If despair is the worst of sins, then Robert Bryce’s appropriately named Gusher of Lies: The Dangerous Delusions of “Energy Independence” must rank as the worst book on energy policy ever written. Given the vast number of low-quality titles in the field, this is a remarkable accomplishment.
“The U.S. cannot control its destiny when it comes to energy,” Bryce asserts, “and there’s nothing the U.S. can do to change that fact.” There is no reason to be unhappy about this, because “there’s little or no justification for the push to make America energy independent.” Never mind that the U.S. could pay $600 billion for imported oil this year, up from $40 billion in 1999. “Prices fluctuate. They go up and they down. Get over it. . . . No matter how you slice it, gasoline is cheap, cheap, cheap.”
Bryce sees America’s continued “obsession” about the price of oil as being really quite rude to our suppliers. “You know, the Chinese never ask us about price,” observes Prince Saud, chairman of Saudi Basic Industries Corporation, who provides Bryce with a helpful quote. Do we really want to look like a bunch of cheapskates by comparison?
We should get over our obsession with Saudi support for terrorism, too: “Terrorism actually causes rather little damage.” And anyway, “the conflation of oil and terrorism implies a link between terrorism and Islam. That is simply not true.” And who are we to judge, anyway? America itself was founded by terrorists. “One man’s terrorist is another man’s freedom fighter. Paul Revere, John Adams, and Samuel Adams — three icons of America’s push to gain independence from Britain — were all members of the Sons of Liberty, a group that frequently used violence to intimidate British loyalists.” So how is al-Qaeda any different?
When you get past all the phony concerns about terrorism and price gouging, it becomes clear that all this anti-OPEC talk is simply “racist,” in Bryce’s telling. In fact, he says, America should welcome high oil prices because “A dramatic drop in the price of crude would reduce China’s oil import bills and thereby allow greater consumption with little cost. That would allow China’s economy to grow even faster — growth that will further fuel China’s rise as a global power.” So, even though we pay three times as much as China for oil imports in absolute terms, and 12 times as much per capita, we should be grateful to OPEC for imposing this tax upon our economy because by doing so they are saving us from the Yellow Peril. Bryce points out that high oil prices save us from the threat of rising living standards in India, as well. Obviously, anyone who fails to appreciate these benefits must be a “racist.”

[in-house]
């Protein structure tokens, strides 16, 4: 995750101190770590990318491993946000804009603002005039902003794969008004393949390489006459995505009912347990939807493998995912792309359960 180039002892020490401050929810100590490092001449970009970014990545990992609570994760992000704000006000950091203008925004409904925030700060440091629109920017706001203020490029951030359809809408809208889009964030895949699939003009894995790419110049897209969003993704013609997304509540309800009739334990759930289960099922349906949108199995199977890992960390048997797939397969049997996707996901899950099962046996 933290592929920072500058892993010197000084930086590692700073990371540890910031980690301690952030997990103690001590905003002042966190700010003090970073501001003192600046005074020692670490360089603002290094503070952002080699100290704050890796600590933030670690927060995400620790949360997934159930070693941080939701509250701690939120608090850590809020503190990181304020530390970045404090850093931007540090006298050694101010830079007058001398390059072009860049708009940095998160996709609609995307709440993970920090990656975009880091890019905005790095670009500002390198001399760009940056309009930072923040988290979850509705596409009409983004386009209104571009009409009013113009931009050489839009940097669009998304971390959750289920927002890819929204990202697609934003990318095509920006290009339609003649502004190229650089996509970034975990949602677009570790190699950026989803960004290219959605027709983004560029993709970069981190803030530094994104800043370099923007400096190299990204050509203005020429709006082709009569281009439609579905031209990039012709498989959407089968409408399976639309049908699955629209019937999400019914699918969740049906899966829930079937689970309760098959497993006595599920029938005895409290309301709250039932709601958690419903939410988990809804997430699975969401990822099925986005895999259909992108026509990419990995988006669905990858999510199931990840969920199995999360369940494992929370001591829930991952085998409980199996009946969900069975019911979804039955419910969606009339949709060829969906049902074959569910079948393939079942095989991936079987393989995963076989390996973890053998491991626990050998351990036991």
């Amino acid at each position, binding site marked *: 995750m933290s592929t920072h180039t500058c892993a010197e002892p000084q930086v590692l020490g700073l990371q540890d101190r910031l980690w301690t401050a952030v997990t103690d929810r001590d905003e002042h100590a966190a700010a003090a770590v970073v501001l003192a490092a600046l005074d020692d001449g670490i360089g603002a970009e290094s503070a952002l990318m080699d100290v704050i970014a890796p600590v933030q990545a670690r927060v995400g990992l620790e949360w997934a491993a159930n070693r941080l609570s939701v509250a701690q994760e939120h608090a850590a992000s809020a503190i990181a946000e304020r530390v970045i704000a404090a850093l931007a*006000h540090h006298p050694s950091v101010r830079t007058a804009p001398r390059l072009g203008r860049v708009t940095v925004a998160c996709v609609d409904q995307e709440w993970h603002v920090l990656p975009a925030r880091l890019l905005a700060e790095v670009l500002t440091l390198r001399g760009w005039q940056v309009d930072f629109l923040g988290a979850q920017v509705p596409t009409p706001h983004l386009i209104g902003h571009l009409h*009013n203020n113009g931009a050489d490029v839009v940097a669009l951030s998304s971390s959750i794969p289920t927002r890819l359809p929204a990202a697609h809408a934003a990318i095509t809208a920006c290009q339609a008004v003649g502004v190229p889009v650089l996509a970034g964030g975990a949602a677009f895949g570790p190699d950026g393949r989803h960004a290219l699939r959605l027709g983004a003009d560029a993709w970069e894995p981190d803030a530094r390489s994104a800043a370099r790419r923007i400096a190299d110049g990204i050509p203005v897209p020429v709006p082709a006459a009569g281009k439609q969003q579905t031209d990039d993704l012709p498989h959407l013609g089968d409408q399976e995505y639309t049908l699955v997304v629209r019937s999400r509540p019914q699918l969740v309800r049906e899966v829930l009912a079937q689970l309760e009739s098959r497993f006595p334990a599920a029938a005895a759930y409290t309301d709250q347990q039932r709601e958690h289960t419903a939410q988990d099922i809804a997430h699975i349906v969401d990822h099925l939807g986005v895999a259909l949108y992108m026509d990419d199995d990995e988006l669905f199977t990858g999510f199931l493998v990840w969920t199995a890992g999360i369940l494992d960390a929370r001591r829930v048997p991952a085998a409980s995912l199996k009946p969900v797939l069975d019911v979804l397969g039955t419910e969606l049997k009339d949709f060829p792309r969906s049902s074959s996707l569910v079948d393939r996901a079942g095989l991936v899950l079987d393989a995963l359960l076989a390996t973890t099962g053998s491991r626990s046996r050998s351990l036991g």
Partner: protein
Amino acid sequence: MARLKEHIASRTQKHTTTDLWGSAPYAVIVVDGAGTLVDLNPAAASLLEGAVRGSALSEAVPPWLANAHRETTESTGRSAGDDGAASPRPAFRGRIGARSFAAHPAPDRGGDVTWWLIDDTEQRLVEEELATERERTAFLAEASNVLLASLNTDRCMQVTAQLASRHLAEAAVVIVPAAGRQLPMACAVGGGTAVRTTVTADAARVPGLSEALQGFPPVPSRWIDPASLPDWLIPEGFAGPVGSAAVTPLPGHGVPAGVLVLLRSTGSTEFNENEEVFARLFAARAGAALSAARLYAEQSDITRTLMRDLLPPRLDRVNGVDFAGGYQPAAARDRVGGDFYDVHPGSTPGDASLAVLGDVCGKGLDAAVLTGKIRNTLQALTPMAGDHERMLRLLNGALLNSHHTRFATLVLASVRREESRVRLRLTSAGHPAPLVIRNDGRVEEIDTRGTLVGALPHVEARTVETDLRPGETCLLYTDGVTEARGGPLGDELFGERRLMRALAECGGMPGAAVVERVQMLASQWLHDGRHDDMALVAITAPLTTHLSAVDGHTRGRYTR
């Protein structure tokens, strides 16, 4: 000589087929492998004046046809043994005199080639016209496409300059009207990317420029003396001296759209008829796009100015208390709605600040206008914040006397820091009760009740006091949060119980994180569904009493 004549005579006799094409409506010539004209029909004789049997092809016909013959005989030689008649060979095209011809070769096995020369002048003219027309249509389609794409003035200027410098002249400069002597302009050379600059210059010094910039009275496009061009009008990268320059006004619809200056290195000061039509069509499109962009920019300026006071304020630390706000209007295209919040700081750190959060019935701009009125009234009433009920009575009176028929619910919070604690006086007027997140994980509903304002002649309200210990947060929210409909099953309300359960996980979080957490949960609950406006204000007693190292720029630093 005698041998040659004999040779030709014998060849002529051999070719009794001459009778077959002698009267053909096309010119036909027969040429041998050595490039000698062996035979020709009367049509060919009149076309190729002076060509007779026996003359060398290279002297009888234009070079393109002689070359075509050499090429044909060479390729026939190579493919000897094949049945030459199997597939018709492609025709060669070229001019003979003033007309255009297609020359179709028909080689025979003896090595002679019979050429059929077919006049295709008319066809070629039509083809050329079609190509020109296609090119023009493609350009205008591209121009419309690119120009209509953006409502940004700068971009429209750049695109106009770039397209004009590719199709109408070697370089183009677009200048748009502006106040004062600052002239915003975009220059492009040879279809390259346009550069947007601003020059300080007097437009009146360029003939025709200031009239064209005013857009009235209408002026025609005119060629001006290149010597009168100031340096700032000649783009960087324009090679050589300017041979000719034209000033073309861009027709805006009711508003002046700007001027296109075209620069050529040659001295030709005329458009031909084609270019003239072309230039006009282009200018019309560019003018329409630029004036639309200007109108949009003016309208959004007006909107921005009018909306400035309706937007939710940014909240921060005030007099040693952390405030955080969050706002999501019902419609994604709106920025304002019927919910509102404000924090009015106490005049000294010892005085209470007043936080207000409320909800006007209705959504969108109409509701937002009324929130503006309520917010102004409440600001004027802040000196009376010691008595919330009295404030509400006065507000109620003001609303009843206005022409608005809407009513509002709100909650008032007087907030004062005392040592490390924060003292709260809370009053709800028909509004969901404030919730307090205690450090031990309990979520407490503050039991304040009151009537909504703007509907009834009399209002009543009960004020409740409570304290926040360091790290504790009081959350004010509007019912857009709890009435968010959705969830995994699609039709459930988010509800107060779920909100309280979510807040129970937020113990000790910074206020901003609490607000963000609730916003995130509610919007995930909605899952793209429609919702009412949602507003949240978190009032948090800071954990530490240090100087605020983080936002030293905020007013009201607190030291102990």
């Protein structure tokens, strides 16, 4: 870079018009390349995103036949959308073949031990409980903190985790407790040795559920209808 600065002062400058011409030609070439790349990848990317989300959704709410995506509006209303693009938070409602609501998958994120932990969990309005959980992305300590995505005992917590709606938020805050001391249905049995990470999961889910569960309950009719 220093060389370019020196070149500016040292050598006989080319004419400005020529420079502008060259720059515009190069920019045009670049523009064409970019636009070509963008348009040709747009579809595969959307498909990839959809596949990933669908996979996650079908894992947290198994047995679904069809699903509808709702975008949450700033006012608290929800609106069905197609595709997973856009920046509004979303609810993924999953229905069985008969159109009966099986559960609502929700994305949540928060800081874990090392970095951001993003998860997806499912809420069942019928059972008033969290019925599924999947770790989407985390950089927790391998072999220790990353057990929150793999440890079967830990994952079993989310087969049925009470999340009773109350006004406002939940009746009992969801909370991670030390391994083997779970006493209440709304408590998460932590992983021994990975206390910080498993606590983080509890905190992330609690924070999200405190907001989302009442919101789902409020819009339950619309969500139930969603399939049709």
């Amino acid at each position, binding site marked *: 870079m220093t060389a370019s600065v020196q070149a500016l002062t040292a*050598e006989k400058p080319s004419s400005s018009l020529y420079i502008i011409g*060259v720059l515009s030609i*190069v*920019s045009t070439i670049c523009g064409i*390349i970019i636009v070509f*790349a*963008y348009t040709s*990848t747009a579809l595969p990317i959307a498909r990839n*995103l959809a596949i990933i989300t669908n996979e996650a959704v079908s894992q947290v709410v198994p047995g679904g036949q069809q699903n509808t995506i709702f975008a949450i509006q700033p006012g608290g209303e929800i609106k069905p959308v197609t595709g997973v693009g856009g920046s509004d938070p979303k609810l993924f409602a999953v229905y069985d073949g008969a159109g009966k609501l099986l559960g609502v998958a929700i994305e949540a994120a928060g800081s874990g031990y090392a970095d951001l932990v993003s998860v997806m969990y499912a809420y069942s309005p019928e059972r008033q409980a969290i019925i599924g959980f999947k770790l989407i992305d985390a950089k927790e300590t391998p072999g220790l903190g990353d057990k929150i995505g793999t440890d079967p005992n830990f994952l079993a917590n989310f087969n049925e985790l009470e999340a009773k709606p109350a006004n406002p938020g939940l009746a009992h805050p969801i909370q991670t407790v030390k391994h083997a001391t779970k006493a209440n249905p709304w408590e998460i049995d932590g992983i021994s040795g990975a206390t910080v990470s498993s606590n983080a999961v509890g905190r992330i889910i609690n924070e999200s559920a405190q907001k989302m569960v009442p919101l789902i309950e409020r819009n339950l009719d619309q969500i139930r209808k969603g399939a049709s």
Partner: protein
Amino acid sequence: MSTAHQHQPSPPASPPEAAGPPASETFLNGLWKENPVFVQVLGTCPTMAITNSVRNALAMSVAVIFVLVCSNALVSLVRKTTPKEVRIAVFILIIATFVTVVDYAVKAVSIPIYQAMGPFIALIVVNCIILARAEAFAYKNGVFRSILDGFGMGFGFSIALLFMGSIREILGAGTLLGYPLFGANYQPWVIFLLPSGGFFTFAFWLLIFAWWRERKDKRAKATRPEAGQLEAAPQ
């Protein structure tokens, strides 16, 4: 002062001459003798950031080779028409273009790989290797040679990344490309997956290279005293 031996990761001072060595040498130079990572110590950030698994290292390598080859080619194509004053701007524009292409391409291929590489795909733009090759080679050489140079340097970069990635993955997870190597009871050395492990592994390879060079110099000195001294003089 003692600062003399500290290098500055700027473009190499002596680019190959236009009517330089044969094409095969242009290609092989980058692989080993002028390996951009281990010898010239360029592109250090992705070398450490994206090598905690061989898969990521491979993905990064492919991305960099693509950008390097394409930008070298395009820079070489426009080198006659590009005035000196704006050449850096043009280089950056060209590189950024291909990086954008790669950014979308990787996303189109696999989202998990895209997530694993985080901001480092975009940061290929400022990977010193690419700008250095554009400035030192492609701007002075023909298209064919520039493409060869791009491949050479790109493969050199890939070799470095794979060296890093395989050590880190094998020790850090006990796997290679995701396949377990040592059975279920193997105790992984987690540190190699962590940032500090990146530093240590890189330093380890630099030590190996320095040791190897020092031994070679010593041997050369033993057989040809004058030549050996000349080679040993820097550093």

Bryce’s insights are thus truly unique. But there is a reason why his understanding of these issues exceeds that of most people. Invited to Saudi Arabia, he was shown the wonders of the Kingdom, which cured him of his previous misconceptions. He has seen the future, and it is Islamic.
A Pusher of Lies
In assuming the mantle of the Saudi’s Lord Haw Haw urging America’s energy surrender, Bryce makes his case with verve, utilizing an unprecedented combination of incorrectly performed calculations, illogic, rhetorical dishonesty, silly demagoguery, willful stupidity, outright falsehoods, critical omissions, crank citations, and pseudoscientific theories. Indeed, one must be grateful to his publisher for titling the book Gusher of Lies, as otherwise many people might be deluded into believing that some of it is true.
Correcting all the errors in Gusher of Lies would take a work three times its length, and at 372 pages, it is 372 pages too long already. Nearly all the relevant calculations in Bryce’s doorstop are off by at least a factor of two, and some — like his estimate of the amount of water used to produce corn ethanol — are off by a factor of over 400. (He says 885 gallons of water per gallon of ethanol; the actual industry figure is 2, since corn used for ethanol is not irrigated.). Bryce seems to suffer from an incapacity to consider quantity as relevant to any issue. To his mind, those concerned about terrorism can’t object to increased Saudi revenues, since the Kingdom can fund just as much terrorism whether their income is under $3 billion per year (as in 1972), $30 billion per year (as in 1999), or over $300 billion per year (as it will be this year.)